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Business News/ Economy / The Global Fight Against Inflation Has Turned a Corner
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The Global Fight Against Inflation Has Turned a Corner

wsj

Falling inflation across industrialized countries opens the door for central banks to start cutting interest rates next year.

Picture: Ashesh ShahPremium
Picture: Ashesh Shah

Inflation is falling faster than expected across advanced economies, marking a turning point in central banks’ two-year battle against surging prices.

Declines in consumer price growth, to below 5% in the U.K. last month and around 3% in the U.S. and eurozone, are fueling expectations that central banks could take their feet off the brakes and pivot to cutting interest rates next year.

That would provide welcome relief to a global economy that is struggling outside the U.S., increasing the prospects of a soft landing from a historic series of interest-rate increases without large increases in unemployment. Europe, in particular, is on the brink of recession.

Yields on government debt in Europe and the U.S. have slumped as investors start to price in earlier interest-rate cuts.

For months this year, economists puzzled over why growth and inflation hadn’t slowed more in response to interest-rate hikes. Now, there is growing evidence that higher borrowing costs are biting hard with a delay.

“It’s definitely a turning point for inflation," said Stefan Gerlach, a former deputy governor of Ireland’s central bank. “Investors may be surprised at how rapidly central banks cut interest rates next year, maybe by one-and-a-half percentage point."

The sharp declines in inflation across continents underscore how common factors drove up prices in the first place, especially the Covid-19 pandemic and Russia’s war in Ukraine. These crimped global supply chains, reduced the number of people in the workforce and fueled energy price increases, especially in Europe. As those forces subside, price pressures naturally ease.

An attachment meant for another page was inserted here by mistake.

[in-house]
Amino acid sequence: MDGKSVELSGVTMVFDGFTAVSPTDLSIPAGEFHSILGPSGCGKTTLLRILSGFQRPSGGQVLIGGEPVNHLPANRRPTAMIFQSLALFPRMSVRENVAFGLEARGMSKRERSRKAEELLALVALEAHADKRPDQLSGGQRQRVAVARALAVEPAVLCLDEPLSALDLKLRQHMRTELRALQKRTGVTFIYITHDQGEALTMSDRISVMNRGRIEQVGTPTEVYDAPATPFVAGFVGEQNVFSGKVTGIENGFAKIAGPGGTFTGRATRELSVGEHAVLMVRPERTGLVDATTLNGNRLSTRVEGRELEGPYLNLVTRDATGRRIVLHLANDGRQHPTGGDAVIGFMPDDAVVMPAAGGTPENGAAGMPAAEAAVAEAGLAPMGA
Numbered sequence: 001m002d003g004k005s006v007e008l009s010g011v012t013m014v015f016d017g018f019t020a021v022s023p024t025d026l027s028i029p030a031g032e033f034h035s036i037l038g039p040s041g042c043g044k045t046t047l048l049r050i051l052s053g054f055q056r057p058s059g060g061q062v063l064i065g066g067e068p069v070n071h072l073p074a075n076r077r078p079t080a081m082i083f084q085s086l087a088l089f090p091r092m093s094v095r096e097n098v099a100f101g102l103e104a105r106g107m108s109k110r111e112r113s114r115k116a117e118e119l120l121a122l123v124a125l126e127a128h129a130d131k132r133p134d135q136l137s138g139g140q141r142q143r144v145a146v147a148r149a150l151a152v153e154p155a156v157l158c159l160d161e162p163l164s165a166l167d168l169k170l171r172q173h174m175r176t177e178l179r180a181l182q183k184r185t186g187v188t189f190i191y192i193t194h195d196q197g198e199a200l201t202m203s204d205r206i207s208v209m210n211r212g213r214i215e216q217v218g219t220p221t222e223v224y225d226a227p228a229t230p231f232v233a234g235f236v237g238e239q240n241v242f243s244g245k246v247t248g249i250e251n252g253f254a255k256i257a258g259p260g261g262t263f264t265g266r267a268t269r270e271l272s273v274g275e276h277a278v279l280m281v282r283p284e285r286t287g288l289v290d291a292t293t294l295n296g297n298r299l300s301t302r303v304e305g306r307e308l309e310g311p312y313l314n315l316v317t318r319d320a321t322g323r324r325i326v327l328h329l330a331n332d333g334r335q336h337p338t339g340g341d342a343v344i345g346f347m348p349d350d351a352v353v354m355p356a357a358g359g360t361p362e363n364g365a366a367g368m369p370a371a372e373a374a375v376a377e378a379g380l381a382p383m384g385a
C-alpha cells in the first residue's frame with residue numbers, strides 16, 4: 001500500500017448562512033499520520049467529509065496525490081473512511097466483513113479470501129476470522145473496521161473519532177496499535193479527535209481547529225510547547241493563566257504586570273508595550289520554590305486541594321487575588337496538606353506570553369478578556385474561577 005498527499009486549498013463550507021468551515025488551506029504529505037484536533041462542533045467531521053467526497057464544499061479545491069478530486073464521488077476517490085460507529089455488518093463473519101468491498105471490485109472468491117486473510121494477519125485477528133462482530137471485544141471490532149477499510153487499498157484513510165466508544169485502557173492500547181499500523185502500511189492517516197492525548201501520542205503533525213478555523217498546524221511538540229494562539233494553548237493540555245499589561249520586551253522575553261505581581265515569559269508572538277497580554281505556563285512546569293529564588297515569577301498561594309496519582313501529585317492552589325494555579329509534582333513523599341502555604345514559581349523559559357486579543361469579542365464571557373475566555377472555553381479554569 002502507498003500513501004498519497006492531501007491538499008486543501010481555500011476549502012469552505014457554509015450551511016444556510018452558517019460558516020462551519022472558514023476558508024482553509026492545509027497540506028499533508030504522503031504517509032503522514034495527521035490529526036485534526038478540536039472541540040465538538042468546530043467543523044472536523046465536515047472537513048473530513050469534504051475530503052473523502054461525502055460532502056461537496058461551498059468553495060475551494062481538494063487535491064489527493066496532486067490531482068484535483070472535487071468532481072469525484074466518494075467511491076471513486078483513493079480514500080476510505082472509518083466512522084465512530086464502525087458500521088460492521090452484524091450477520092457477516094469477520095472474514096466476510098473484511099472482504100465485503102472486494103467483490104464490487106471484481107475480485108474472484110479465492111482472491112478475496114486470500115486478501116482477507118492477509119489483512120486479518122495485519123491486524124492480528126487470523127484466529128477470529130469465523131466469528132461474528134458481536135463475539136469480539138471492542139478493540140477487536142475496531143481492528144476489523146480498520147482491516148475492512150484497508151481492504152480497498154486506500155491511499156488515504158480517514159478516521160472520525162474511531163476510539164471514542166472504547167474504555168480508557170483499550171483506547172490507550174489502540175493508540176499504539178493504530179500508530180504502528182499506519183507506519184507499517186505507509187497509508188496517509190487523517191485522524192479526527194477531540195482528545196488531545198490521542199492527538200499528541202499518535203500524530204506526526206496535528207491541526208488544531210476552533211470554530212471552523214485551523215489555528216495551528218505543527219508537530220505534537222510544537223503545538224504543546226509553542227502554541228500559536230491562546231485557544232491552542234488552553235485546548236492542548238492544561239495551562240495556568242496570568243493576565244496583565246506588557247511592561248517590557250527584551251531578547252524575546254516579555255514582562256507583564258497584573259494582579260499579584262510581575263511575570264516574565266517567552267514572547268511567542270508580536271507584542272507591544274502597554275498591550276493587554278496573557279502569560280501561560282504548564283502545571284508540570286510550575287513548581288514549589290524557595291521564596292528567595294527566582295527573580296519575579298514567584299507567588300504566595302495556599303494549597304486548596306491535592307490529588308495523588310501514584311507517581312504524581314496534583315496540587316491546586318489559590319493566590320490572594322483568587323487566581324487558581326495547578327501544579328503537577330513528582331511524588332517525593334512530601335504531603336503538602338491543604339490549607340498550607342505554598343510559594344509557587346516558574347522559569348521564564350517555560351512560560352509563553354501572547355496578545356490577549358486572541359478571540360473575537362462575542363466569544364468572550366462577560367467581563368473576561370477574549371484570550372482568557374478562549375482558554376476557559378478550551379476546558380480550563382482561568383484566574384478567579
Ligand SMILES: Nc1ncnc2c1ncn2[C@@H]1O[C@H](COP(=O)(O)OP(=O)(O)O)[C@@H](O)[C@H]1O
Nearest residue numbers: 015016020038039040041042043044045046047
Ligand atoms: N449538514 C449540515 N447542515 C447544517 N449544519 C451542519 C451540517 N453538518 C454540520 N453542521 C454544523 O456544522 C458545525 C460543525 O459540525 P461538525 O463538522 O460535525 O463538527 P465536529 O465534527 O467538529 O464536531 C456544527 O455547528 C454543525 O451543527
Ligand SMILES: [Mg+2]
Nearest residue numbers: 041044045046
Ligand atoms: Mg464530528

Inflation was also given a boost by demand-side factors, such as trillions of dollars of government stimulus spending in the U.S., as well as pent-up demand and savings from consumers that accumulated during the pandemic. That, economists say, is why underlying inflation remains strong nearly four years after the start of the pandemic, and why rate increases were needed to bring it down.

Lower inflation “shows the effect of increasing rates by 4 or 5 percentage points," Gerlach said. “Team Transitory were wrong," he added, referring to a debate among economists over whether high inflation would subside by itself, a camp to which he belonged. “Our idea was that inflation would fall back without an increase in interest rates."

Even countries where inflation has proved the most stubborn, such as the U.K., have started to show progress. Consumer prices rose 4.6% in October compared with the year-ago month, a drop from the 6.7% rate of inflation recorded in September and the slowest increase since October 2021, the statistics agency said Wednesday. Economists had expected to see a decline to 4.8%.

“The U.K. no longer looks like such a major outlier when it comes to inflation," said Bruna Skarica, an economist at Morgan Stanley.

News of the U.K. decline followed Tuesday’s report of a larger than expected drop in U.S. inflation to 3.2% in October. The eurozone also reported a decline in inflation to 2.9% in October from 4.3% in September. Consumer prices were lower than a year earlier in Belgium and the Netherlands.

The cooling of consumer prices has persuaded some European policy makers that the battle to tame inflation has been won, and in a shorter period of time than in the 1970s, when a comparable surge in prices occurred.

“We’re in the process of exiting the inflationary crisis," said France’s Bruno Le Maire before meeting with his fellow European Union finance ministers last week. “In a little under two years, Europe will have managed to control inflation, which weighs on our citizens, which weighs on households, especially the less wealthy."